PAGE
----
PartialFraction Decomposition: How to Handle Repeated and Irreducible Factors (page 2 of 3) Sections: General techniques, How to handle repeated and irreducible factors, Examples Sometimes a factor in the denominator occurs more than one. For instance, in the fraction ^{13}/_{24}, the denominator 24 factors as 2×2×2×3. The factor 2 occurs three times. To get the ^{13}/_{24}, there may have been a ^{1}/_{2} or a ^{1}/_{4} or a ^{1}/_{8} that was included in the original addition. You can't tell by looking at the final result. In the same way, if a rational expression has a repeated factor in the denominator, you can't tell, just by looking, which denominators might have been included in the original addition. You have to account for every possibility.
The factor x – 1 occurs three times in the denominator. I will account for that by forming fractions containing increasing powers of this factor in the denominator, like this: Now I multiply through by the common denominator to get: x^{2} + 1 = Ax(x – 1)^{2} + Bx(x – 1) + Cx + D(x – 1)^{3} I could use a system of equations to solve for A, B, C, and D, but the other method seemed easier. The two zeroing numbers are x = 1 and x = 0: so x = 1: 1 + 1 = 0 +
0 + C + 0, so C
= 2 But what do I do now? I have two other variables, namely A and B, for which I need values. But since I've got values for C and D, I can pick any two other xvalues, plug them in, and get a system of equations that I can solve for A and B. The particular xvalues I choose aren't important, so I'll pick smallish ones: x = 2: Copyright © Elizabeth Stapel 20062011 All Rights Reserved (2)^{2} + 1
= A(2)(2 – 1)^{2} + B(2)(2 – 1) +
(2)(2) + (–1)(2 – 1)^{3}
x = –1: (–1)^{2} + 1 = A(–1)(–1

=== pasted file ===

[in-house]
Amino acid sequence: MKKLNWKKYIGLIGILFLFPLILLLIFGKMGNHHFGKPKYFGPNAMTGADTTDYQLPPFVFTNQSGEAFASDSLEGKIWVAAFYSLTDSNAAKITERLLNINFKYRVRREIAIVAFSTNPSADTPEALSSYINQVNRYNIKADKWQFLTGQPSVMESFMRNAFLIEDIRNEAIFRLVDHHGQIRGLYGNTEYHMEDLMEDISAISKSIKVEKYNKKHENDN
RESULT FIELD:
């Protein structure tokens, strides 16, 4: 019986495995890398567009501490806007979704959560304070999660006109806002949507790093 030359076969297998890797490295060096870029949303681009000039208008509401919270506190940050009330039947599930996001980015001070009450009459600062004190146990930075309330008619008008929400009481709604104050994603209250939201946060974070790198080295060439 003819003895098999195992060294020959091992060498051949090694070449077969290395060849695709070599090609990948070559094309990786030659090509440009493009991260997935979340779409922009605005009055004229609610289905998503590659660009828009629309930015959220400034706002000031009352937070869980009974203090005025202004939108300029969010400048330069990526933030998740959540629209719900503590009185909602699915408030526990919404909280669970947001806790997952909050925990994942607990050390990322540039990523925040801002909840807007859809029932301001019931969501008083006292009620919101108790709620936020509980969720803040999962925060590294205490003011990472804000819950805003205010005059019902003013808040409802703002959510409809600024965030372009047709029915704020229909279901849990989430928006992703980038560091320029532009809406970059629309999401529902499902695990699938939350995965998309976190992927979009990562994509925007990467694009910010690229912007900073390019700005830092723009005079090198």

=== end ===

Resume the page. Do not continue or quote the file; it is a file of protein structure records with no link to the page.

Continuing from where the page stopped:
– 1)^{2} + B(–1)(–1 – 1) + (2)(–1) + (–1)(–1 – 1)^{3}
I'm still stuck solving a system of equations, but by using the easier method to solve for C and D, I now have a simpler system to solve. Adding the two equations, I get 3A = 3, so A = 1. Then B = 0 (so that term in the expansion "vanishes"), and the complete decomposition is: In the above example, one of the coefficients turned out to be zero. This doesn't happen often (in algebra classes, anyway), but don't be surprised if you get zero, or even fractions, for some of your coefficients. The textbooks usually stick pretty closely to nice neat whole numbers, but not always. Don't just assume that a fraction or a zero is a wrong answer. For instance: ...decomposes as: Note: You can also handle the fractions
like this: If the denominator of your rational expression has an unfactorable quadratic, then you have to account for the possible "size" of the numerator. If the denominator contains a degreetwo factor, then the numerator might not be just a number; it might be of degree one. So you would deal with a quadratic factor in the denominator by including a linear expression in the numerator.
Factoring the denominator, I get x(x^{2} + 3). I can't factor the quadratic bit, so my expanded form will look like this: Note that the numerator for the "x^{2} + 3" fraction is a linear polynomial, not just a constant term. Multiplying through by the common denominator, I get: x – 3 = A(x^{2}
+ 3) + (Bx + C)(x)
The only zero in the original denominator is x = 0, so: (0) – 3 = (A
+ B)(0)^{2} + C(0) + 3A
Then A = –1. Since I have no other helpful xvalues to work with, I think I'll take the one value I've solved for, equate the remaining coefficients, and see what that gives me: x – 3 = (–1 +
B)x^{2} + (C)x – 3
(There is no one "right" way to solve for the values of the coefficients. Use whichever method "feels" right to you on a given exercise.) Then the decomposition is: << Previous Top  1  2  3  Return to Index Next >>



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